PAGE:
Moments of Truth
"A moment of truth is an episode in which a customer comes into contact with any aspect of the company, however remote and thereby, has an opportunity to form an impression."
How it can be utilized to improve revenue growth and profitability
The concept of the Moment of Truth was introduced in the 1980s by Jan Carlzon when he was instrumental in the business turnaround at Scandinavian Airlines in the early 80’s.
It was Carlzon’s position that if you managed every interaction to create a positive outcome, the business would be successful. That theory proved right for his airline, which eventually became one of the most admired in the industry.
50 million Moments of Truth
Carlzon focused on improving the customer experience for business travellers, moment by moment, and through that philosophy attracting customers from competitor airlines. Jan's plan was to make Scandinavian Airlines the best provider of service in the market. The service experience would be outstanding for the customer and the internal service experience between staff and departments would also be outstanding. This profound link of internal and external service ignited positive change and gave all staff a sense of interconnectedness.
Each year 10 million customers came into contact with approximately five Scandinavian Airline employees and this contact lasted an average of 15 seconds each time, meaning 50 million "moments of truth" that would ultimately determine whether the airline would succeed or fail as a company. The impact of mapping and improving the customer experience, and the improved empowerment of staff to best decide on the delivery of those moments brought results.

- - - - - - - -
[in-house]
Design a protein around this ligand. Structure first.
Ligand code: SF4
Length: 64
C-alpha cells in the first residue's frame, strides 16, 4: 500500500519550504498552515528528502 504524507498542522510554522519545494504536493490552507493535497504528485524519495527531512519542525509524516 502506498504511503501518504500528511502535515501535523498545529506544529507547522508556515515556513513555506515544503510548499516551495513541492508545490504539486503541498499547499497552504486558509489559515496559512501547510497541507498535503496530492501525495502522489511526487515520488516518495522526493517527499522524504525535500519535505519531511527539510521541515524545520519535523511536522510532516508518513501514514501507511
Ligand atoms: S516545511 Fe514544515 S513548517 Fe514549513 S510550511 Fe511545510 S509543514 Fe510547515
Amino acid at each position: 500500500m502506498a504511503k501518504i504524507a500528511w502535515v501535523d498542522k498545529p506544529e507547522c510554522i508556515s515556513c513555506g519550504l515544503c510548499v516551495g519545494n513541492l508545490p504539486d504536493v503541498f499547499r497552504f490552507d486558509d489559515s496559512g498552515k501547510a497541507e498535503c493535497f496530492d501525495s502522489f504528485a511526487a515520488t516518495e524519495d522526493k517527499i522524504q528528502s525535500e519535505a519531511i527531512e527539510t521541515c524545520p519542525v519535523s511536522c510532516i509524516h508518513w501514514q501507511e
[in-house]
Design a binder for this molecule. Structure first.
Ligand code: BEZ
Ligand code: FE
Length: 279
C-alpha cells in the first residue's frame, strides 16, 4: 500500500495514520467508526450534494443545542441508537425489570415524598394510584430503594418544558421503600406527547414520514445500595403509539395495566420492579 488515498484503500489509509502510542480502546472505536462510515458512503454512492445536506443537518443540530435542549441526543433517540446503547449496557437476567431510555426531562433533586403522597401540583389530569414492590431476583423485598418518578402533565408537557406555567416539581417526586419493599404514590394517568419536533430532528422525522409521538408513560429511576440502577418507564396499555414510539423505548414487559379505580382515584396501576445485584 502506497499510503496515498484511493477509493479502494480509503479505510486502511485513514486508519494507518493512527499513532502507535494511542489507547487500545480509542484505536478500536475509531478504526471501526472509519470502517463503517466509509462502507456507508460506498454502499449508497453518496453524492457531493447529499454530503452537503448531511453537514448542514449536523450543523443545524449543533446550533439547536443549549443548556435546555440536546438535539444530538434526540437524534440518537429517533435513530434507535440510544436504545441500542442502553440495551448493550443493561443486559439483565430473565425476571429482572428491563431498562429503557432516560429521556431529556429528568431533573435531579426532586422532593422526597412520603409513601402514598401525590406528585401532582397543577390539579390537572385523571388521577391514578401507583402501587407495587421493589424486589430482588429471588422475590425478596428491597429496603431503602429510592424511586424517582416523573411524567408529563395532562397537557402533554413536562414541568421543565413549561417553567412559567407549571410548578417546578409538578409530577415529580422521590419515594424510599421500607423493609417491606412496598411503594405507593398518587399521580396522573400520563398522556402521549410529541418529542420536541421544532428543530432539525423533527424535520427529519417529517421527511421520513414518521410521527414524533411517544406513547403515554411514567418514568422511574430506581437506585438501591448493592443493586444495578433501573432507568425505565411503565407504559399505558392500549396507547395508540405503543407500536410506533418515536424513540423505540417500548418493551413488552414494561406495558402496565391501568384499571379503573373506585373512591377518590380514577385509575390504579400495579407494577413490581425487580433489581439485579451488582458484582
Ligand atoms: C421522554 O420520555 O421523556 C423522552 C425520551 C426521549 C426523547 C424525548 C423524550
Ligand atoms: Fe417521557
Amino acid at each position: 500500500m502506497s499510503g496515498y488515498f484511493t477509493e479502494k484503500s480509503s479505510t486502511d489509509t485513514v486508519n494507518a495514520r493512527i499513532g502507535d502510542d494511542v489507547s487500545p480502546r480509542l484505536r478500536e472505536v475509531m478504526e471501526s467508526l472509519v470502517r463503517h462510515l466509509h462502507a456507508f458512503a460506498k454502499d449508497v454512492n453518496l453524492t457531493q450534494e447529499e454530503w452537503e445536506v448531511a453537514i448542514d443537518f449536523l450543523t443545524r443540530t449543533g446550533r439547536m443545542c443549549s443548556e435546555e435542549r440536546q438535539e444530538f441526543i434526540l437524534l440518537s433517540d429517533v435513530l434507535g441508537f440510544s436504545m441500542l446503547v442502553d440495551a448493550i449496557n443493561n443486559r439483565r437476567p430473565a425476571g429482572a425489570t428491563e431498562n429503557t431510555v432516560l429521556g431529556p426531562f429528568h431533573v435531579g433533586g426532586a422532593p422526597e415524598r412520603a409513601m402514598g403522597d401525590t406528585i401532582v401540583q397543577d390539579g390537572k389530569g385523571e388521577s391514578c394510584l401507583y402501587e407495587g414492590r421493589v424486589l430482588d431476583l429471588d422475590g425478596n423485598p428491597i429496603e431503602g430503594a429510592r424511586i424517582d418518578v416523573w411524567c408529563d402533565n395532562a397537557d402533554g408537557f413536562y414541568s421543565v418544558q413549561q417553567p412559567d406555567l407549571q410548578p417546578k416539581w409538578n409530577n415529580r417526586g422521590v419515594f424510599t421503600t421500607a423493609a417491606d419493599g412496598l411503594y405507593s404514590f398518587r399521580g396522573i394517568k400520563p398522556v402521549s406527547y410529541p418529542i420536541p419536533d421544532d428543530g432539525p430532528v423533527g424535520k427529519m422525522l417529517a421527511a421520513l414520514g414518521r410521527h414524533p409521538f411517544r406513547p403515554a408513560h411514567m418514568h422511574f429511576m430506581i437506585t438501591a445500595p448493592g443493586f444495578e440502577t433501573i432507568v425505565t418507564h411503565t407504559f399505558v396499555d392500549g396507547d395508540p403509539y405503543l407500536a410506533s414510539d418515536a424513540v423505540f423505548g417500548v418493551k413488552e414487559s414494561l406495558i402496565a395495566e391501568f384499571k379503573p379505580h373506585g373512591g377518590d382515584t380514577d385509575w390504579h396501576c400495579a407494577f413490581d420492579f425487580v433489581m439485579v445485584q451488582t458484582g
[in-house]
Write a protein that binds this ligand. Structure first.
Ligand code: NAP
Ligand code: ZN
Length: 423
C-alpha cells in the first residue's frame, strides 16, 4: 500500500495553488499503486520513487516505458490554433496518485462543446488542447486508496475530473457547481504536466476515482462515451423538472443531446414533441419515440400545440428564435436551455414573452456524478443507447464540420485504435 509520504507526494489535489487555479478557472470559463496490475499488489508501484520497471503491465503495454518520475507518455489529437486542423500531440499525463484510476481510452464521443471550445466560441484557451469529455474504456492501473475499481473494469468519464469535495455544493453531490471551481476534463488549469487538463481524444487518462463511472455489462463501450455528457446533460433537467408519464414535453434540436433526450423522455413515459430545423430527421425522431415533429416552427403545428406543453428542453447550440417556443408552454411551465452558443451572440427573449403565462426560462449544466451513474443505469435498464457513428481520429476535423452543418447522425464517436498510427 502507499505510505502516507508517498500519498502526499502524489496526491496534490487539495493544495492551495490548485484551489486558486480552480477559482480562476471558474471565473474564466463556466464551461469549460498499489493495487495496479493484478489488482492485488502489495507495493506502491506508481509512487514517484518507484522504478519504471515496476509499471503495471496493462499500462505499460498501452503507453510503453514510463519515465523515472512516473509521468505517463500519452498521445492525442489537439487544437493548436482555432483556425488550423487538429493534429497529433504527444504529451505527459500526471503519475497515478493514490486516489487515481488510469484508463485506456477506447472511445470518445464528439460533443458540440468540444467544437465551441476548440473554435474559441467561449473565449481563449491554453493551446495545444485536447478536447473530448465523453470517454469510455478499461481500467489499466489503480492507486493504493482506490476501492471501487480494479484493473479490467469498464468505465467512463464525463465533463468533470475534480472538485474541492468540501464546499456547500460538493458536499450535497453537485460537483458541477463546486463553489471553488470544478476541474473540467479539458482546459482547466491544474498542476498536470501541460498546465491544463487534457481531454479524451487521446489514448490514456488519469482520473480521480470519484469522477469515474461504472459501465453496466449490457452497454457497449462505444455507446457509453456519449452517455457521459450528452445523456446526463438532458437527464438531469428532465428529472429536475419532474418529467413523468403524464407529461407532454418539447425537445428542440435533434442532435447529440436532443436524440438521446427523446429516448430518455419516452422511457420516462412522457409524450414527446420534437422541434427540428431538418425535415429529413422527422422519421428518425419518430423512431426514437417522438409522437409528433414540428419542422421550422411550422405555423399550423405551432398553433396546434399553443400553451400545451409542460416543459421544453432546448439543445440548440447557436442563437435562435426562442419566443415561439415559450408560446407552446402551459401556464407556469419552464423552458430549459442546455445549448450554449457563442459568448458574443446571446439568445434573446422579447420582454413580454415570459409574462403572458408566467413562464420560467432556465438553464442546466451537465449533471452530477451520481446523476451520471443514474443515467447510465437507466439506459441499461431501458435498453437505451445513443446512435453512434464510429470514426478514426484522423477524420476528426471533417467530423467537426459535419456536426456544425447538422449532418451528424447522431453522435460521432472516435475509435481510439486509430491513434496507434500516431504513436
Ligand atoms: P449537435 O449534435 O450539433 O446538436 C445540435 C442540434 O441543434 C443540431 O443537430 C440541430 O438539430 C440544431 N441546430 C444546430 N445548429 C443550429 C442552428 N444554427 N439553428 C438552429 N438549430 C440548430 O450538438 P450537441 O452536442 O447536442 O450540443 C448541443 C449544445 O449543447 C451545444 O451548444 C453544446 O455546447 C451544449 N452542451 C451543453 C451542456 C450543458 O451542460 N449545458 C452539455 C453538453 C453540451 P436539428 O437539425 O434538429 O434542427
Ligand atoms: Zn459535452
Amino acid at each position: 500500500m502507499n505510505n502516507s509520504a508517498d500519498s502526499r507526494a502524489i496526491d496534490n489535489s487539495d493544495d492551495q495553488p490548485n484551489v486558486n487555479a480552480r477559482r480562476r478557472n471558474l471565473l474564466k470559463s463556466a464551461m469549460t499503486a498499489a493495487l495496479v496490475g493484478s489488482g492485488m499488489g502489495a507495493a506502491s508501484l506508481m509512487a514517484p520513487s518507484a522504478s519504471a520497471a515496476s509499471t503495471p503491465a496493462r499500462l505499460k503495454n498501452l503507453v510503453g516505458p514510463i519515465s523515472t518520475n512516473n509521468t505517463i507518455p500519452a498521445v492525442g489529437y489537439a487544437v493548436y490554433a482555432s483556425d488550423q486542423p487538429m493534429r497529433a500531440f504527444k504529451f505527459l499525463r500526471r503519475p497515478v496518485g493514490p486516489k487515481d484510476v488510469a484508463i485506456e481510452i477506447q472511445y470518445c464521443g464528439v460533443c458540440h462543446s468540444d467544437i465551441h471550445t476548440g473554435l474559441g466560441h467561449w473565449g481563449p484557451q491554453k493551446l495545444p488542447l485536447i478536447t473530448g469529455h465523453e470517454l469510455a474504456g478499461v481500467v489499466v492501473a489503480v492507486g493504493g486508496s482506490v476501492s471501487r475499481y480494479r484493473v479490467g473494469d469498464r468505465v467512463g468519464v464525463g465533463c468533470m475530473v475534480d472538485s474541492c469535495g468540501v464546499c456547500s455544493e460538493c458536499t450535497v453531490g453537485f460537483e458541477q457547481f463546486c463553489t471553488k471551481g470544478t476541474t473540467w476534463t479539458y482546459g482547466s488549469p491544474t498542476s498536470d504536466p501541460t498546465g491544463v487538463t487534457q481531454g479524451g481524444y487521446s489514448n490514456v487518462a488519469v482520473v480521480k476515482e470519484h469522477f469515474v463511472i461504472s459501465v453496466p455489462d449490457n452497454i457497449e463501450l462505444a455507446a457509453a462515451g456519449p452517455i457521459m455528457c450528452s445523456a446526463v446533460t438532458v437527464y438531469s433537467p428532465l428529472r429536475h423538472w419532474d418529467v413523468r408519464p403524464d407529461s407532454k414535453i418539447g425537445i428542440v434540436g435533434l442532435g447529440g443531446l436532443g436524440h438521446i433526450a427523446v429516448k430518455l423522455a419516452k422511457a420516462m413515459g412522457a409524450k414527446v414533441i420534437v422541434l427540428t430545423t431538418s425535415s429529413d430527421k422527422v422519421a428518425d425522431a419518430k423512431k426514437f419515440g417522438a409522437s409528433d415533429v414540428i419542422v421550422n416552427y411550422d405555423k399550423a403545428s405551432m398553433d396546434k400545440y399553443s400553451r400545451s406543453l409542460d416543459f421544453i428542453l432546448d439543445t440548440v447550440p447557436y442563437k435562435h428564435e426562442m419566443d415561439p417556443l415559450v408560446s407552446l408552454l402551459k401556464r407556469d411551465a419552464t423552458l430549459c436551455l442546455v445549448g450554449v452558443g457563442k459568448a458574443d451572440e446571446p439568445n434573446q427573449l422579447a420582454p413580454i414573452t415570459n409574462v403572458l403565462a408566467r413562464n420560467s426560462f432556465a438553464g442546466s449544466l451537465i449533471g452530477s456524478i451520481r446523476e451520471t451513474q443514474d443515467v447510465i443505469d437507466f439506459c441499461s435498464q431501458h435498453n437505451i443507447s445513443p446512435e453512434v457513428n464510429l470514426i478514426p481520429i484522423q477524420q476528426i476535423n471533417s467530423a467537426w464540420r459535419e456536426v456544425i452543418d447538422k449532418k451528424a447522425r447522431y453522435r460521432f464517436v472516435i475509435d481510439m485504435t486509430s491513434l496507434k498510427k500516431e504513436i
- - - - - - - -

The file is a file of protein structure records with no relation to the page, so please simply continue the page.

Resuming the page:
The Moment of Truth concept is powerful. And, it has now crossed over into sales and marketing as others have embraced the term to describe different customer and consumer behaviors.
Some 20 years later, in 2005, A.G. Lafley, Chairman, President and CEO of Procter & Gamble, came up with his version of Moments of Truth. Rather than customer service, these were focused on consumer sales. Basically, he said there were two Moments of Truth, and he later added a third:
- The first Moment of Truth is when the customer is looking at a product. This can be in-store or online.
- The second Moment of Truth is when the customer actually purchases the product and uses it.
- The third Moment of Truth that he added is when customers provide feedback about the product. They share it with the company as well as their friends, colleagues, family members, etc.
Changes in the decision making process
It was in 2011 that Google came up with another Moment of Truth:
"Customers now complete around 60% of the decision-making process before they even speak with a sales person from a potential supplier."
Google call this phase prior to the first contact the `zero moment of truth' (ZMOT)*........9 out of 10 decision-makers start out their decision-making process on the internet.
"If you're not serving the customer, you better be serving someone who is!" Karl Albrecht, Service America
How many "Moments of Truth" and "Zero Moments of Truth" determine your customer's experience?